A CVA had been approved by 79 per cent of creditors and supervisors were appointed. The company’s landlords applied for the CVA to be revoked pursuant to Section 6(4) IA1986, on grounds that the CVA unfairly prejudiced their interests and that material irregularities existed in relation to its approval. They also sought an order under Section 6(6) that the supervisors repay their fees received for dealing with the CVA.
Before the Landlords’ application could be heard, the company went into administration, resulting in the CVA’s automatic termination. The landlords continued to pursue revocation of the CVA, arguing that significant clauses in the CVA survived its termination.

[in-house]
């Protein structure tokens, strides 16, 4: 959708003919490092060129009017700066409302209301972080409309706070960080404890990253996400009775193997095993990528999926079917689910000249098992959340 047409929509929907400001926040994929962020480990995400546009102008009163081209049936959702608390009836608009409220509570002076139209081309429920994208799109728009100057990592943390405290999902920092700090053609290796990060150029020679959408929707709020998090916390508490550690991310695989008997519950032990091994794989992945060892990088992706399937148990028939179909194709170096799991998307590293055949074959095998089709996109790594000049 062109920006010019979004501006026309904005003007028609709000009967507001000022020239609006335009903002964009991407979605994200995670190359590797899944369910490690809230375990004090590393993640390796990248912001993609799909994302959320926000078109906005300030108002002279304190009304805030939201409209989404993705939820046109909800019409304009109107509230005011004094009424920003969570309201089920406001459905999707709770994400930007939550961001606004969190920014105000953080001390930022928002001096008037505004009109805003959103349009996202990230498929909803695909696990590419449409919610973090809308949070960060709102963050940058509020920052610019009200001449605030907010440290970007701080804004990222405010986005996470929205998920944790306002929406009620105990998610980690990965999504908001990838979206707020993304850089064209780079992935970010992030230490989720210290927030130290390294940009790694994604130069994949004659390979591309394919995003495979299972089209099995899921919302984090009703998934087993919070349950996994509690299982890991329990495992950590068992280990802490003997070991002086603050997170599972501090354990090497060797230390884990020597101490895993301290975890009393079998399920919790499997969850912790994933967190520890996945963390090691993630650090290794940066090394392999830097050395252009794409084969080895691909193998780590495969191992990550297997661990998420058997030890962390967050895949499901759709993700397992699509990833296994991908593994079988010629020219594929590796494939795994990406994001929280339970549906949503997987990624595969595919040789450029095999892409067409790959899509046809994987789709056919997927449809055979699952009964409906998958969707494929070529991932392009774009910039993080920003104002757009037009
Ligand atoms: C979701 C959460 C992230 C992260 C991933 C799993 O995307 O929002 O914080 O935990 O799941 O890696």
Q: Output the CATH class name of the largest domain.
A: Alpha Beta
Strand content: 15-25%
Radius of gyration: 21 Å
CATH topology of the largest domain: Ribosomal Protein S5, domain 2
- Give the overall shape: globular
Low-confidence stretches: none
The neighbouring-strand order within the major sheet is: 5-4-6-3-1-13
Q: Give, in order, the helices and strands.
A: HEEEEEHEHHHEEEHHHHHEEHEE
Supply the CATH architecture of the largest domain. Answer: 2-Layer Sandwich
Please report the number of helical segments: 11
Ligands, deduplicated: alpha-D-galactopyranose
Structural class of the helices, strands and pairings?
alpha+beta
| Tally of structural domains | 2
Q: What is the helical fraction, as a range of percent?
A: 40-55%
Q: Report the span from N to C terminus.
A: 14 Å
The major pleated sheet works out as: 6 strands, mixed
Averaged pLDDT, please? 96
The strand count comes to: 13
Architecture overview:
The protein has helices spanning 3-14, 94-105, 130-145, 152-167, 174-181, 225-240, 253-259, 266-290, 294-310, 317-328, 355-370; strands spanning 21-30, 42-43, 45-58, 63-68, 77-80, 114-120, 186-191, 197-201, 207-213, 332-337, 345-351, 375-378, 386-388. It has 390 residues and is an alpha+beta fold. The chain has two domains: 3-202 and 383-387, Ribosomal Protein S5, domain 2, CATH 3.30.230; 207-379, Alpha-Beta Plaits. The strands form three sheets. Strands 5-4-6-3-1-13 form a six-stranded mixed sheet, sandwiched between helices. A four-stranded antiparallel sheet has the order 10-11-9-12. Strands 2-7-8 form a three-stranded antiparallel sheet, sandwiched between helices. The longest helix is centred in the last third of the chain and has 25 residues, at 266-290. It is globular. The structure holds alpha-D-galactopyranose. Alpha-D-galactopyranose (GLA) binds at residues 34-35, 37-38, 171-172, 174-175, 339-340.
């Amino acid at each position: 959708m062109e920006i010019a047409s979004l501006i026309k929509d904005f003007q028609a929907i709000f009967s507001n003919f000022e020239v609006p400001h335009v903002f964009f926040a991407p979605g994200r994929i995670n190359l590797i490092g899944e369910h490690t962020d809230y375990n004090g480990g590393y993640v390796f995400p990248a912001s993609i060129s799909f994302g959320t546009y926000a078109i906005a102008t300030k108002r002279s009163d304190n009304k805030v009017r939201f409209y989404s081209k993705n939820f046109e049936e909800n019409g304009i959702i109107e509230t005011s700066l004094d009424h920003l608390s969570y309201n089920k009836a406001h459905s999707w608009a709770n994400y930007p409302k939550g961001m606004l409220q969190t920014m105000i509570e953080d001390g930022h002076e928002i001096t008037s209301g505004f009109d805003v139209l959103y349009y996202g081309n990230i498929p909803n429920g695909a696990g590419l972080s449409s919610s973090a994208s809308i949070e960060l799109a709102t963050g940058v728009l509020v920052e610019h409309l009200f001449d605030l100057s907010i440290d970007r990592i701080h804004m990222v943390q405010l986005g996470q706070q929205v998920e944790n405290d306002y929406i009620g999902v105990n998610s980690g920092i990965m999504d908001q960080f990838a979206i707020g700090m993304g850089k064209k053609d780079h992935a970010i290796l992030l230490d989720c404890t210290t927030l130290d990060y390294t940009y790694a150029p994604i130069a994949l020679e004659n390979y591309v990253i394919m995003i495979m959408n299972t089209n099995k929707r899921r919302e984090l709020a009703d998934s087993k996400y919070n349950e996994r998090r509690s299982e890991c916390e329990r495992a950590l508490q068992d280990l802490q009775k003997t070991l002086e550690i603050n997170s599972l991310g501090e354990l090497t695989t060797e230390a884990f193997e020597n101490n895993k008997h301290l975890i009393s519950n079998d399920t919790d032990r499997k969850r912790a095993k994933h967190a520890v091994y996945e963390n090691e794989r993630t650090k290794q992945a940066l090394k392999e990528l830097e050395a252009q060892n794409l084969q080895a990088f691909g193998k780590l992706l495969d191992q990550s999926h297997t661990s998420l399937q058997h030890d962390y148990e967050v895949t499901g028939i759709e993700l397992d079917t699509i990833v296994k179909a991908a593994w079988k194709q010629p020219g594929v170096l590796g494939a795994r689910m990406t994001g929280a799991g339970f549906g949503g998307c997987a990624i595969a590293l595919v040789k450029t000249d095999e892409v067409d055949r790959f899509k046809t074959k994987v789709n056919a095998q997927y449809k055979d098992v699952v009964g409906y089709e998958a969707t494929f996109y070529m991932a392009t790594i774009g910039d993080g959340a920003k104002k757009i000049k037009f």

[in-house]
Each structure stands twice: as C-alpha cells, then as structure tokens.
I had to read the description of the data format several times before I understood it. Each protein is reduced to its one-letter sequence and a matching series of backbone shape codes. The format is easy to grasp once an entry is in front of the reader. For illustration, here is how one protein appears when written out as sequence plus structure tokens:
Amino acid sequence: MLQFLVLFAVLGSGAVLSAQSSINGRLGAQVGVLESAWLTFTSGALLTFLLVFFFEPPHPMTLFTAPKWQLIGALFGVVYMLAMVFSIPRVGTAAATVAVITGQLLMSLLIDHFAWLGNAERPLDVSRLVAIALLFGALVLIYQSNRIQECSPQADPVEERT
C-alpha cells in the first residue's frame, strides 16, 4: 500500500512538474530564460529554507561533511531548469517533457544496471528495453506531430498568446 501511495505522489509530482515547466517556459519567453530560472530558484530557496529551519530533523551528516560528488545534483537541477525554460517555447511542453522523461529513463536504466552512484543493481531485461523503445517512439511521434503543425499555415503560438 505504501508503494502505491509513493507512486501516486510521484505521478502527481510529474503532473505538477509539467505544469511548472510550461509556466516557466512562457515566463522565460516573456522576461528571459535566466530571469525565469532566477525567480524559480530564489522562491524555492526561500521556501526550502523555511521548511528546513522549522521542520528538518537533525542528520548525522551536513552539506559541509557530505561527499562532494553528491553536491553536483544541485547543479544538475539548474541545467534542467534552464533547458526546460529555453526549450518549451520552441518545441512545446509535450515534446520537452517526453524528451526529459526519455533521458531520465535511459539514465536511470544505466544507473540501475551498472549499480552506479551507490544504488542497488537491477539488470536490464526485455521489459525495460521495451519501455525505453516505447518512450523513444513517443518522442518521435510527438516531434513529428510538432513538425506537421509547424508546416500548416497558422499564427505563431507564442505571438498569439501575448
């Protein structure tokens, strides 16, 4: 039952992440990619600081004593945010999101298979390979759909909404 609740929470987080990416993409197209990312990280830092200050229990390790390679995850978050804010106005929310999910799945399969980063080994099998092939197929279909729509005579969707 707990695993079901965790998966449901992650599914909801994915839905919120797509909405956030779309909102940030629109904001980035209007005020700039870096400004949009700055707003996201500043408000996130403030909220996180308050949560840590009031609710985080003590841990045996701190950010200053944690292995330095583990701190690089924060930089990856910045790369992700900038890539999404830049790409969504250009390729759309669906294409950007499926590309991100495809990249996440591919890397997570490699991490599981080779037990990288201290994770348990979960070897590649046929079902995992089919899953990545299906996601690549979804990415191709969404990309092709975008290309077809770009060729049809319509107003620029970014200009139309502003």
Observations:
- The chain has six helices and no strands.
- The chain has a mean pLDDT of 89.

The supervisors applied to strike out the landlords’ application claiming that the court had no power under Section 6(4) to revoke a CVA that had already been terminated, or to order the repayment of their fees under Section 6(6).
The application to strike out was refused. Section 6(4) afforded the court a discretion to revoke that was not expressly limited by reference to whether or not the CVA had terminated, and the supervisors had identified no authority to support the contention that there was no power to revoke after termination. The issue was not suitable for strike out or summary judgment.
Further, the landlords had a properly arguable case that it was in their legitimate interests that the CVA be revoked so that it would be deemed to never have had effect. The recent instances of landlords litigating with regard to retail CVAs demonstrated that it was a developing area of law.
(1) Edward Williams (2) Christine Mary Laverty v Carraway Guildford (Nominee A) Ltd & 19 Ors (2019)